V is for Variety
For the same reason I didn’t make every entry in this challenge a monster, I don’t make every encounter in my Dungeons and Dragons adventures a combat. A combination of combats, traps, puzzles, and character interaction/role-playing encounters makes for a more interesting game.
What can be tricky to do is determining what balance of these encounter types works best for your players. In my early games, I’ll admit things were very combat heavy, with probably 80-90% combat with some traps and puzzles, and perhaps 1% character interaction at best. While I couldn’t imagine doing that now, we had a great time playing.
When I’m planning adventures now, I’m closer to 40-50% combat, 20% interactions, 20% traps/puzzles, and 20% skill challenges. At the high side that adds up to more than 100%, but since this isn’t an exact science there’s some wiggle room in there. This kind of ratio works for me as a both player and Dungeon Master, it allows for plenty of combat, but also opportunities to develop my character through role-play.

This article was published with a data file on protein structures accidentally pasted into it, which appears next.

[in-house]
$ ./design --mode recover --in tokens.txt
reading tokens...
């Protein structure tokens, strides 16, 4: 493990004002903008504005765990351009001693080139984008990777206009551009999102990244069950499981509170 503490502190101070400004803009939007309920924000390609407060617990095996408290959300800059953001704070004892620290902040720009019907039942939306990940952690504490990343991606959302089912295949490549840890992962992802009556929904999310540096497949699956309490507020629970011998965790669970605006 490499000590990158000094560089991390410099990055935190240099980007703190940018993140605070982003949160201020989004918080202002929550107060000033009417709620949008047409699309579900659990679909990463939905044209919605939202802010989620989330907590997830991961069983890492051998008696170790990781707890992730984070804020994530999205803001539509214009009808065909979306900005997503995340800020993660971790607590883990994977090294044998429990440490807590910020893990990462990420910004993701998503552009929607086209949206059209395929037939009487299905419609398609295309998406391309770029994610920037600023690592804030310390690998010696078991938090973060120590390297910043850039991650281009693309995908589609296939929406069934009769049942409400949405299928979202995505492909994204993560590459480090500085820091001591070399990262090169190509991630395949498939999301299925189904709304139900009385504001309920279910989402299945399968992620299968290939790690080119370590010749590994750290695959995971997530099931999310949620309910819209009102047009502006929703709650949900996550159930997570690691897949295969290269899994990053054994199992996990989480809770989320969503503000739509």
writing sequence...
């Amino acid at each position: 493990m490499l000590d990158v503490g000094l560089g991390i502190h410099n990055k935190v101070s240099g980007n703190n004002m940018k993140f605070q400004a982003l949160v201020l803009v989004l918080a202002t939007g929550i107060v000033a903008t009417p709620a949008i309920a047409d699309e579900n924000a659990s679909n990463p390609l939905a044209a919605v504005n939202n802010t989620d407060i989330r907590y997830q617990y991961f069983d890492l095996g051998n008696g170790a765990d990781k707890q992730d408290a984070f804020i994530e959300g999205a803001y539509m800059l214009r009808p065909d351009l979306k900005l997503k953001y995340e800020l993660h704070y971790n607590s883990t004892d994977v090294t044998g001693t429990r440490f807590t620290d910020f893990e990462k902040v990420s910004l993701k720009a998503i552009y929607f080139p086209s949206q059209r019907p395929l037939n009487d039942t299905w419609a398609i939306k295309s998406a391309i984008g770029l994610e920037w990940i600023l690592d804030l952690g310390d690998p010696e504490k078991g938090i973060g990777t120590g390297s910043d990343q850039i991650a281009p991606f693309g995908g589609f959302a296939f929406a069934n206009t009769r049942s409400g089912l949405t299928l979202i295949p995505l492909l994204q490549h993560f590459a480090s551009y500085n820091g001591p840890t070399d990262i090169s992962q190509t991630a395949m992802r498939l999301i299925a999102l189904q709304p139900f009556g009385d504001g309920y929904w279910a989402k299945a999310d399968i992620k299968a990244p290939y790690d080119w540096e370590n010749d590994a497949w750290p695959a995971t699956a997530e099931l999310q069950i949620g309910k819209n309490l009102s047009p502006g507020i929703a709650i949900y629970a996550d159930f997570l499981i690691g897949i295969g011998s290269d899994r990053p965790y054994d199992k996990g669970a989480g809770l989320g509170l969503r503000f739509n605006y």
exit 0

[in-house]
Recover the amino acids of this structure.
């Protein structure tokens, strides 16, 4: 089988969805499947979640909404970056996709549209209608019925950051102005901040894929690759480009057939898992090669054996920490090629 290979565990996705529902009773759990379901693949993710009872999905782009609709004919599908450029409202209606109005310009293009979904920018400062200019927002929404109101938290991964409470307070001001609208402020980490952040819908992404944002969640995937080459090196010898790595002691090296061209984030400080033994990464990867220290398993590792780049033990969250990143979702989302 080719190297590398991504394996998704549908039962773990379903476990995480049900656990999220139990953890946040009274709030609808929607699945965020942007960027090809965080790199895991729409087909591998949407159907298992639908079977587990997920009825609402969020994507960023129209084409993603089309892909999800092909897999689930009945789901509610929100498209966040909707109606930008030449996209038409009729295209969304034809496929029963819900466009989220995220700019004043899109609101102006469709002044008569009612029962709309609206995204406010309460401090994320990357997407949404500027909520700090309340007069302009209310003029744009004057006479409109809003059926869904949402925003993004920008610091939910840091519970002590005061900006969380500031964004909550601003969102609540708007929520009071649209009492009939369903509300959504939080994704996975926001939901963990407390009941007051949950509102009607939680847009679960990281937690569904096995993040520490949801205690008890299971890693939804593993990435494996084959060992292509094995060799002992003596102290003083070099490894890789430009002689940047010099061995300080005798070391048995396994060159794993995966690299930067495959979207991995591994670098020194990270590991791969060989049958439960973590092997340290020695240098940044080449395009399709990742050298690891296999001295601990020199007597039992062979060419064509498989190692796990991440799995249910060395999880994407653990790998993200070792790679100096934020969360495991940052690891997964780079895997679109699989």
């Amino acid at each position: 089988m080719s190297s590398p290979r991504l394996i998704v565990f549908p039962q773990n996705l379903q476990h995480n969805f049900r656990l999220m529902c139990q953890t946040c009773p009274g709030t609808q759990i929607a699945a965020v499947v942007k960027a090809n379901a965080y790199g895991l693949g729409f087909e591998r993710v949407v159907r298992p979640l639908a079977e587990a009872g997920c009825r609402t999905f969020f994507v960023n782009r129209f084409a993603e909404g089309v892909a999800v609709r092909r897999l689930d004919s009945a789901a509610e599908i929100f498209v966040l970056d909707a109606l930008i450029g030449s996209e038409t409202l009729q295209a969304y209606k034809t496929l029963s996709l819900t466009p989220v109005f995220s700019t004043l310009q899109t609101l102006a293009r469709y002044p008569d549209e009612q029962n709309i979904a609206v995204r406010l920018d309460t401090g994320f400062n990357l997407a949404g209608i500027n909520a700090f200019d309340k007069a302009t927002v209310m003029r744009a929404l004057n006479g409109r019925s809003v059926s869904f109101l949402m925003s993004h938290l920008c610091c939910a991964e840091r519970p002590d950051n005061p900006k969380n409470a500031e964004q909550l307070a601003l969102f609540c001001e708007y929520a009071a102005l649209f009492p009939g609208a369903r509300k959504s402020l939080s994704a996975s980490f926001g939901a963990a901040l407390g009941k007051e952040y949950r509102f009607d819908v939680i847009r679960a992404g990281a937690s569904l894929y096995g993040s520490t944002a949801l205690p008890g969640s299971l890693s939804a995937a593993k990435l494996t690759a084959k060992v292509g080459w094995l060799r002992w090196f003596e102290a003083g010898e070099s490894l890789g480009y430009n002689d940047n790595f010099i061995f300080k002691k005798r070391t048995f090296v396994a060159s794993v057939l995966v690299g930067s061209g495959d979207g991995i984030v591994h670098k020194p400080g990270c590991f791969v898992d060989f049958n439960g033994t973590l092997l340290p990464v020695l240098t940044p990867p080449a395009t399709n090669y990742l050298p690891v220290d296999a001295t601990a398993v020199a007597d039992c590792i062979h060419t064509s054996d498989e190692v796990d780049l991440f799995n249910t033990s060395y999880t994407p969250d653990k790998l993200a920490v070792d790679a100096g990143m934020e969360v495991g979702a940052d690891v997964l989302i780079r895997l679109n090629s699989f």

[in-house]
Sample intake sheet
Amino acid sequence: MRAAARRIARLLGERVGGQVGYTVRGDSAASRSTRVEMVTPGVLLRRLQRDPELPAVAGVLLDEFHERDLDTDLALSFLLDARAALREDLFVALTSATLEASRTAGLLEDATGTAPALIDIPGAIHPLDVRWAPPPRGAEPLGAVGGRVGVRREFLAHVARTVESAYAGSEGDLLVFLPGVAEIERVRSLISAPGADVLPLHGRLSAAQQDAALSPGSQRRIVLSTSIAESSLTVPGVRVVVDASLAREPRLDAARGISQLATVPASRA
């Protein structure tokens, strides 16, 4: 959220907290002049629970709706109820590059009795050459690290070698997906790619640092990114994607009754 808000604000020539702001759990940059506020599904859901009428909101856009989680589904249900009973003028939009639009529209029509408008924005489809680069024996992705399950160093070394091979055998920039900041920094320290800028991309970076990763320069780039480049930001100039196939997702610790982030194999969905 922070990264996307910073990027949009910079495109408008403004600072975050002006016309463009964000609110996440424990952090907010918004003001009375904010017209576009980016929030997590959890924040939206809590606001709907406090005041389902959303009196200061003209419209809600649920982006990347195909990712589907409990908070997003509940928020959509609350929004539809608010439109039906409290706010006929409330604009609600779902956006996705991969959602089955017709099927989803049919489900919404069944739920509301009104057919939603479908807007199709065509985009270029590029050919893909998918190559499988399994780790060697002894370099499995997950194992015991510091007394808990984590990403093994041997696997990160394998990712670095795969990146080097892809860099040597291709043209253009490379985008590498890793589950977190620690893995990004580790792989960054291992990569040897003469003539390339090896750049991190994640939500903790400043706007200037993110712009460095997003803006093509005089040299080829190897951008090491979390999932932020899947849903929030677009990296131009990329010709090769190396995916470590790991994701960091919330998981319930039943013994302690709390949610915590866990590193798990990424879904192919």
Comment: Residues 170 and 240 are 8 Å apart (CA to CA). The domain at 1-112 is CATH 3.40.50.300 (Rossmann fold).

If you’re DMing for a group that prefers to focus on character development through character interaction you can turn the numbers on their head, using 50-60% interactive encounters, while mixing up the other encounter types in a way that suits the players other strengths.
Like almost any article on gaming, this one ends with the advice that you have to customize the balance to suit both your DMing style, and your players’ gaming style. By communicating with your players you’ll get a feel for their preferences. So don’t be afraid to ask them directly for their input on which types of encounters they’re enjoying most.